The Irish Naval Service made a record 771 migrant rescues in one day in the Mediterranean yesterday, following several operations which began at 6.40am.

It came as the weather improved and cash-hungry people-smugglers sent hapless refugees out in even flimsier craft — primarily because the navy have destroyed the vessels the Islamic State-controlled gangs are using after rescuing migrants from them.

The crew of LÉ James Joyce initially rescued 617 people from three wooden craft and five dinghies and brought them onboard the ship where they were given food, water, and medical treatment.

Lieutenant Commander Neil Manning, who is in charge of the ship, then sent more boarding parties to a number of other migrant-carrying vessels to rescue their 154 occupants.

They were transferred to the safety of merchant ship Assorou, which was in the area at the time.

A man holds onto the side of a boat after jumping into the sea from an overcrowded wooden vessel in the Mediterranean yesterday.
A man holds onto the side of a boat after jumping into the sea from an overcrowded wooden vessel in the Mediterranean yesterday.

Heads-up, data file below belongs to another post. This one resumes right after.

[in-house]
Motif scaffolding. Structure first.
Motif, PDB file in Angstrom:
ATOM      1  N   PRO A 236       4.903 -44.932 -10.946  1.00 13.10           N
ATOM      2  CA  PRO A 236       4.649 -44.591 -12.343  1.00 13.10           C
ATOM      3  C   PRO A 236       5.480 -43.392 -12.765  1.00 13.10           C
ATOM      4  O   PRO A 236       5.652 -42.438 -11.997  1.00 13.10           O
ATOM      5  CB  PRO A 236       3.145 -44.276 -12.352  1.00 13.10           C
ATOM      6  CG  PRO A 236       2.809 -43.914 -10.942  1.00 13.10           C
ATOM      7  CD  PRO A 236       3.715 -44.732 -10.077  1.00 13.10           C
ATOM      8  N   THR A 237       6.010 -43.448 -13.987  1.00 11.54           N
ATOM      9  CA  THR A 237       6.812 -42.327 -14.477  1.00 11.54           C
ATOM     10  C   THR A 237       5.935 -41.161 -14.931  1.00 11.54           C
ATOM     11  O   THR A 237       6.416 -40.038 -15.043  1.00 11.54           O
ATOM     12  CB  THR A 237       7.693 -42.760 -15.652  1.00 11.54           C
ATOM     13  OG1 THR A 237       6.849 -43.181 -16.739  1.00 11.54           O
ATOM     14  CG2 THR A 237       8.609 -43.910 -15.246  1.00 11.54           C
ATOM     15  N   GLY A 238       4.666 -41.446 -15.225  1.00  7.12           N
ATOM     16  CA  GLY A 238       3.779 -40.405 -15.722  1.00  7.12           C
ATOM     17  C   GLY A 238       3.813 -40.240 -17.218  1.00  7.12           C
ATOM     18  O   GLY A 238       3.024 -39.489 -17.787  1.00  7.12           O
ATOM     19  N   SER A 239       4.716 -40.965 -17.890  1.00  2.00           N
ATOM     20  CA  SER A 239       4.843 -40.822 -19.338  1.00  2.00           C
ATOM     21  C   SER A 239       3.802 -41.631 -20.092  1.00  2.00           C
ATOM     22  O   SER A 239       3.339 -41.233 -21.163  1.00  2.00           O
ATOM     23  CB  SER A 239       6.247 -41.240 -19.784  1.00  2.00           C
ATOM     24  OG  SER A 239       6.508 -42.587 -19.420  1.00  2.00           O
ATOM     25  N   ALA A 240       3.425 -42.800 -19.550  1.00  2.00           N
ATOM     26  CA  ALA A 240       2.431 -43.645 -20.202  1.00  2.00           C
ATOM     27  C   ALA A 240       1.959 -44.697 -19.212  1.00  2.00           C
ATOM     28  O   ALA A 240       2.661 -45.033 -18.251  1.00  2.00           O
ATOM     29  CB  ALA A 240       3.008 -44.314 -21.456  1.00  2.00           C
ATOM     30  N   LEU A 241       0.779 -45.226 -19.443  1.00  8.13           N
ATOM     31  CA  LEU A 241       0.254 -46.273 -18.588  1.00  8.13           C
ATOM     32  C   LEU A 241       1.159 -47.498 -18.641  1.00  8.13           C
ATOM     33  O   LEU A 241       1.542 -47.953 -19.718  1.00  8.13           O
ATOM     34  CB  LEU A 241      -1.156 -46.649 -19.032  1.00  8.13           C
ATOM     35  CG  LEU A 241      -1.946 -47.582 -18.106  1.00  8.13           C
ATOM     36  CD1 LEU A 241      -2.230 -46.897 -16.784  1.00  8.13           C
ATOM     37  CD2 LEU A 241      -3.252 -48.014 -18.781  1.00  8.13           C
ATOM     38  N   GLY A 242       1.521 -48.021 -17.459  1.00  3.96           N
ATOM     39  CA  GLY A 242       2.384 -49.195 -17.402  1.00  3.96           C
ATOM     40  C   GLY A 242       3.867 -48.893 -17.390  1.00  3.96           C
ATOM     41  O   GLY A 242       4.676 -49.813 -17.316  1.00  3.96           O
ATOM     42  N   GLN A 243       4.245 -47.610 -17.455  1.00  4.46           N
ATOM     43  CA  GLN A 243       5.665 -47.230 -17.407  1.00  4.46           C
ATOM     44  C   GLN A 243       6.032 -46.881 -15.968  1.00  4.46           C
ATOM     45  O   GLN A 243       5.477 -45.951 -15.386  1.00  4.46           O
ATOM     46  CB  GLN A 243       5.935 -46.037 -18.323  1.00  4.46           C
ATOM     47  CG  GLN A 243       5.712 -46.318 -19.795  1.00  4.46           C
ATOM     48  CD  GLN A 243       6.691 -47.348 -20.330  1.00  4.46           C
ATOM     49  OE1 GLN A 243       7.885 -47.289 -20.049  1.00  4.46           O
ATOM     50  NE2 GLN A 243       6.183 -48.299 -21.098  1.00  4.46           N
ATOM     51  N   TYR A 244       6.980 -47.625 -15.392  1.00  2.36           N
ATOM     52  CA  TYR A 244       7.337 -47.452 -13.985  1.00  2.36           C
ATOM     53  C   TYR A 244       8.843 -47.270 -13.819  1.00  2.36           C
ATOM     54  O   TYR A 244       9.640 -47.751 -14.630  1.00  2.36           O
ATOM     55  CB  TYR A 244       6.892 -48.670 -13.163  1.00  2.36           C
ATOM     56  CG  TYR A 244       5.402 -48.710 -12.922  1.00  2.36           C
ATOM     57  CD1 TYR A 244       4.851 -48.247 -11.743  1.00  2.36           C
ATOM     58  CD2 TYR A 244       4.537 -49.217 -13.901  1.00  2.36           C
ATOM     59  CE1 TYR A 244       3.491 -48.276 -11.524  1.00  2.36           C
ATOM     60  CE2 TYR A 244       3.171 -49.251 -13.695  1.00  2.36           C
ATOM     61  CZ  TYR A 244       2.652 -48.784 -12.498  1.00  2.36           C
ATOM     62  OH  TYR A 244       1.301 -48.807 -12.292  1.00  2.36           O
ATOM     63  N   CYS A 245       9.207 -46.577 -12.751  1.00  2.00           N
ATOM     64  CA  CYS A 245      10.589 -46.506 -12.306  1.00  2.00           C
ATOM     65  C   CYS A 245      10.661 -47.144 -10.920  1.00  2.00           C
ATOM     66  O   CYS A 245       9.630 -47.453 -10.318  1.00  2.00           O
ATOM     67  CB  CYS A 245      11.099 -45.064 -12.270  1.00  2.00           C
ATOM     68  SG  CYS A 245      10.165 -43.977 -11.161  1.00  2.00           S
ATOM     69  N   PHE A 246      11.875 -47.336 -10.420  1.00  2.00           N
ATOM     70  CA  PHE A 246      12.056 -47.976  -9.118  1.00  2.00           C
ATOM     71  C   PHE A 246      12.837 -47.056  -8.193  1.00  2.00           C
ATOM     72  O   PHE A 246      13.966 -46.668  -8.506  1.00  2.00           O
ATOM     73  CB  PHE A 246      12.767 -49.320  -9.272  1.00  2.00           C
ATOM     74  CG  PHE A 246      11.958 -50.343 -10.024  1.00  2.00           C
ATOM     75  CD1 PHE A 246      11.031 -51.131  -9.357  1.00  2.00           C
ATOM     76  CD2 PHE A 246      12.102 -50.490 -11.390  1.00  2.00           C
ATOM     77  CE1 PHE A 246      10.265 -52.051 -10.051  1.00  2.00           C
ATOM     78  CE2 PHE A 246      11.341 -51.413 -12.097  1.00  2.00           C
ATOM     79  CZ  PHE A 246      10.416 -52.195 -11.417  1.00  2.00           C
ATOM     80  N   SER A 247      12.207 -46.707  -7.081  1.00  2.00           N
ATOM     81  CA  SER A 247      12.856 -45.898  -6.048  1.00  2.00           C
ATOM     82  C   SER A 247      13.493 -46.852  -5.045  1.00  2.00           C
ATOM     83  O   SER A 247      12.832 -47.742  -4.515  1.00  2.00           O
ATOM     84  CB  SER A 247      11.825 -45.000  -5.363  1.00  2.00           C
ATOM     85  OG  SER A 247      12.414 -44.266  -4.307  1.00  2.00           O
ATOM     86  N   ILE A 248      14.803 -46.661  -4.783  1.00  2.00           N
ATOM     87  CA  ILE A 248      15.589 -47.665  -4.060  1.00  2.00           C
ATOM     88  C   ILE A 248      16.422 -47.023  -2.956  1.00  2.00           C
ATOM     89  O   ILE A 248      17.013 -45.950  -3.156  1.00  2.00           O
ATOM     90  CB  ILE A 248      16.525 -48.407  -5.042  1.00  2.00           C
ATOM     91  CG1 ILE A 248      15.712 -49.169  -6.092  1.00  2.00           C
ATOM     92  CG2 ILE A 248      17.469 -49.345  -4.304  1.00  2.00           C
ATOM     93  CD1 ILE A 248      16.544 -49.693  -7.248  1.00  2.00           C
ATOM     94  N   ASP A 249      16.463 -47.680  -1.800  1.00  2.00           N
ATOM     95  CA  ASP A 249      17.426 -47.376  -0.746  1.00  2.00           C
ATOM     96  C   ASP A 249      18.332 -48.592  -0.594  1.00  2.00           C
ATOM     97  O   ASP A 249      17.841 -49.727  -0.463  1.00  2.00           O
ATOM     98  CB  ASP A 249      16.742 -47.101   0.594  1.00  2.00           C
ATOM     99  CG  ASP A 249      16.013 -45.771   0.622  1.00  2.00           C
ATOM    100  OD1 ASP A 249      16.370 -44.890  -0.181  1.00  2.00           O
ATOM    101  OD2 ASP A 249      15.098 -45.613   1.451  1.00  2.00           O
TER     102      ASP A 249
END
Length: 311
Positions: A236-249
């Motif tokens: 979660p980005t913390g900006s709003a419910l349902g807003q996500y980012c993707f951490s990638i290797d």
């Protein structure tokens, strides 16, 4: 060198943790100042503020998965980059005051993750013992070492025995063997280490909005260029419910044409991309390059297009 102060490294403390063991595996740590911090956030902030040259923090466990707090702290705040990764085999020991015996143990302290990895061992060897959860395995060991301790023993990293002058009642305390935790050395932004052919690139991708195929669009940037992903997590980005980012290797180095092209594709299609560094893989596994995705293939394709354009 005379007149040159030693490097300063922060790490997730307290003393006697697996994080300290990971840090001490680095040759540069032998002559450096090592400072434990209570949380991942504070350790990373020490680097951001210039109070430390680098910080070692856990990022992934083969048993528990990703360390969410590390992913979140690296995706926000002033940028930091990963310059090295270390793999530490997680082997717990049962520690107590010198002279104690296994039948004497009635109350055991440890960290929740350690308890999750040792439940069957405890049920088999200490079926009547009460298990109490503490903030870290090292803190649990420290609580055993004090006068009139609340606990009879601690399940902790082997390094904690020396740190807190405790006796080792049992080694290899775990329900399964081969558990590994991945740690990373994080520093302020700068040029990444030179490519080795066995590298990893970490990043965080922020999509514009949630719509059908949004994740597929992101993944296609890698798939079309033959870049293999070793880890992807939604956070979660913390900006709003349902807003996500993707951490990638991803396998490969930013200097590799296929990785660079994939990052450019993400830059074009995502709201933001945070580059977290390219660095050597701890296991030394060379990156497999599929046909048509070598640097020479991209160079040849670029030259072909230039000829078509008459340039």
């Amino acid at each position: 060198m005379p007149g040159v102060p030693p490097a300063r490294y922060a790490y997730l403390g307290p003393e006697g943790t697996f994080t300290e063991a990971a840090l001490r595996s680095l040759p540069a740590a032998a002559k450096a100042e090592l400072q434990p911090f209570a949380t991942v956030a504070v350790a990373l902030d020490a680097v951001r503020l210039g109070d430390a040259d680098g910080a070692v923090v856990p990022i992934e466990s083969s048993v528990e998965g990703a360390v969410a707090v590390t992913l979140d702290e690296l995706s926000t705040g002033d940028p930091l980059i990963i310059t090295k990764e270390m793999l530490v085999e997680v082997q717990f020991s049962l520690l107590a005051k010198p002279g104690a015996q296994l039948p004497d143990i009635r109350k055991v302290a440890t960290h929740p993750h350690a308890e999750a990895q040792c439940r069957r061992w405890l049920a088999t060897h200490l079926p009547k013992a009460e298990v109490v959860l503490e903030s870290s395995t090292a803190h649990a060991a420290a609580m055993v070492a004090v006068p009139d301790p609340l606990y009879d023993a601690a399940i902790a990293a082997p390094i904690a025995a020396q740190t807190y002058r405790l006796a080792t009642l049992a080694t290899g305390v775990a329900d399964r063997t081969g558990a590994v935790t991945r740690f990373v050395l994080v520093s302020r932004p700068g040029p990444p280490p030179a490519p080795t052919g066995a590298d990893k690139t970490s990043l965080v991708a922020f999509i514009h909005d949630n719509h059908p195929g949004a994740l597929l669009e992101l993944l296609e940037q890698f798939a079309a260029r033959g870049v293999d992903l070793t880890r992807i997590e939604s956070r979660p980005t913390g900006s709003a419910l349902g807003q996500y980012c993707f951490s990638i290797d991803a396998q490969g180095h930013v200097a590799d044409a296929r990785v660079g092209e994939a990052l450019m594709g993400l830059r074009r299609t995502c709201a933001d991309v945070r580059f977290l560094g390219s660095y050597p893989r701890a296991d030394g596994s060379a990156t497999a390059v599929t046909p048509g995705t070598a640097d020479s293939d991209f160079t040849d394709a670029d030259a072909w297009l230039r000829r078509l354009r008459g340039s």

LÉ James Joyce surpassed the previous record of 647 rescued in one day which was created last year by LÉ Eithne.

The last time LÉ James Joyce was involved in a rescue in the area was on June 29, because the weather off the coast of Libya deteriorated and the wind was blowing in the wrong direction.

However, yesterday morning, it became apparent the weather had significantly changed for the better and people smugglers reacted by putting as many vessels into the water as they could.

Of those taken onboard the navy ship, 454 were men, 138 were women, and 25 were children. 

The total number rescued yesterday was more than half the number LÉ James Joyce had retrieved from the sea since starting its tour of duty in the Mediterranean on July 16.

The rescues were undertaken 69km north east of the Libyan capital Tripoli.

People smugglers normally send out migrants in large wooden fishing vessels capable of holding up to 700 people and dinghies which can hold up to 130.

Yesterday, migrants were discovered crammed in a very small fishing boat and a much smaller dinghy than normal.

LÉ James Joyce was last night steaming to the Italian port of Calabria, where the ship’s crew will hand the migrants over to the authorities.

The navy ship’s crew has now rescued 1,882 migrants since it began its deployment in the region.

The ship is due to return from her mission to the Naval Service headquarters at Haulbowline, Co Cork, on September 30.


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